robots.txt file. Netlify’s analytics shows me just how prevalent requests for these files are. Makes me think twice about adding them—but to be honest, I probably won’t.
2. Busted Links to Static Assets
I always try to preserve the URLs to my pages but I don’t really try to do that with static assets. I change those when I want. Turns out, there are a number of people who hotlink to those assets. For example, I found there was some site out there on the web that had a Google Maps icon in their footer next to their address and they weren’t hosting that icon on their own site. They were hotlinking directly to the icon hosted on my site. So when I changed the URL to that image, I updated it in all the relevant files on my site but it broke for anyone out there who was linking directly to the file itself (instead of the canonical HTML file which linked to my assets).
To be honest, I don’t feel bad about breaking that. This seems like a standard thing. Your projects change over time. You have to shuffle around the directory structure. As long as I keep my canonical HTML URLs from breaking, I feel like a good citizen of the web.
In this case, I find it very interesting to look at Netlify’s analytics and see which assets were apparently very popular for hotlinking.
3. Security Vulnerabilities
Feels pretty good to look at my “Top Resources Not Found” in @Netlify analytics and think, “glad I don’t have to worry about any of these”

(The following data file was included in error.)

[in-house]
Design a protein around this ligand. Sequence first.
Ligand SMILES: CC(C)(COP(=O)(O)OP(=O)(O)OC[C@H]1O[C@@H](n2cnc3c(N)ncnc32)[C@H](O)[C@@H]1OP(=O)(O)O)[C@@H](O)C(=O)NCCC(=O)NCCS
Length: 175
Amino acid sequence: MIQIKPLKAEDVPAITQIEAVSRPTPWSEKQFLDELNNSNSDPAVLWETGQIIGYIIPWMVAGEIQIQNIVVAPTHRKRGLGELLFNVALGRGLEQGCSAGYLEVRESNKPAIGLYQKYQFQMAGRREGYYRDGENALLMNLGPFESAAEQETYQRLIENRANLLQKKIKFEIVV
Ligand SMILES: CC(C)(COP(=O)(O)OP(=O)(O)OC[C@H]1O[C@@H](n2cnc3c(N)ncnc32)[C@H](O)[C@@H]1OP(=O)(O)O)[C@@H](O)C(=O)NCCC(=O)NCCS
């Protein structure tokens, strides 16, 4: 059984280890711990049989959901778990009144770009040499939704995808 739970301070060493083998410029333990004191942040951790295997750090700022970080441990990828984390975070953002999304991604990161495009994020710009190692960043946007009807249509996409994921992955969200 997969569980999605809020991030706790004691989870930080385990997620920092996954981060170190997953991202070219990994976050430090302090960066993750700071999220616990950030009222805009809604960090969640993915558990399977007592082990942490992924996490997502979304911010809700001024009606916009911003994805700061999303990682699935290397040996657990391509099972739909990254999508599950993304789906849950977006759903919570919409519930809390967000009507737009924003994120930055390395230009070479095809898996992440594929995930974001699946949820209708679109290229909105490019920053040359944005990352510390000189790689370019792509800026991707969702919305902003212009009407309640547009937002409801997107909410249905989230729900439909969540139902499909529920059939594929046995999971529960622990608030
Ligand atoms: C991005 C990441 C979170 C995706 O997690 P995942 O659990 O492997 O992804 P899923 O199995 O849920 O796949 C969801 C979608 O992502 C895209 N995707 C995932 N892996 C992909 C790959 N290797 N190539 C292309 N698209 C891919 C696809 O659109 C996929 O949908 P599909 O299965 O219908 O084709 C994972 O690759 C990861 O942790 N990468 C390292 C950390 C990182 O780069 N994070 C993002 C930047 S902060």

I actually always find it quite interesting to see what people are looking for on my site’s domain and not finding. Someday I might investigate this and see what all of these things are.
I honestly don’t know what to do with any of this knowledge. If anything, this little exercise made me lose a lot of faith in the conclusions I could draw from Google Analytics data. As I’ve used GA for the last decade on these sites, I’ve made a number of assumptions about how the site is used. Netlify Analytics made me question just about everything I thought I knew about my site’s visitors based on previous assumptions from Google Analytics data.
I’ve already gotten rid of Google Analytics on a number of my sites, just because I don’t love burdening the user with additional page weight and tracking. I held off keeping it on my icon gallery sites because it was always amusing for me to look at. Now I realize just how significantly prone to error my assumptions were from the data in Google Analytics. Now it just feels like, in addition to all the user-related concerns, if GA can’t amuse me with truthful entertaining details about my site’s data, what’s the point of keeping it?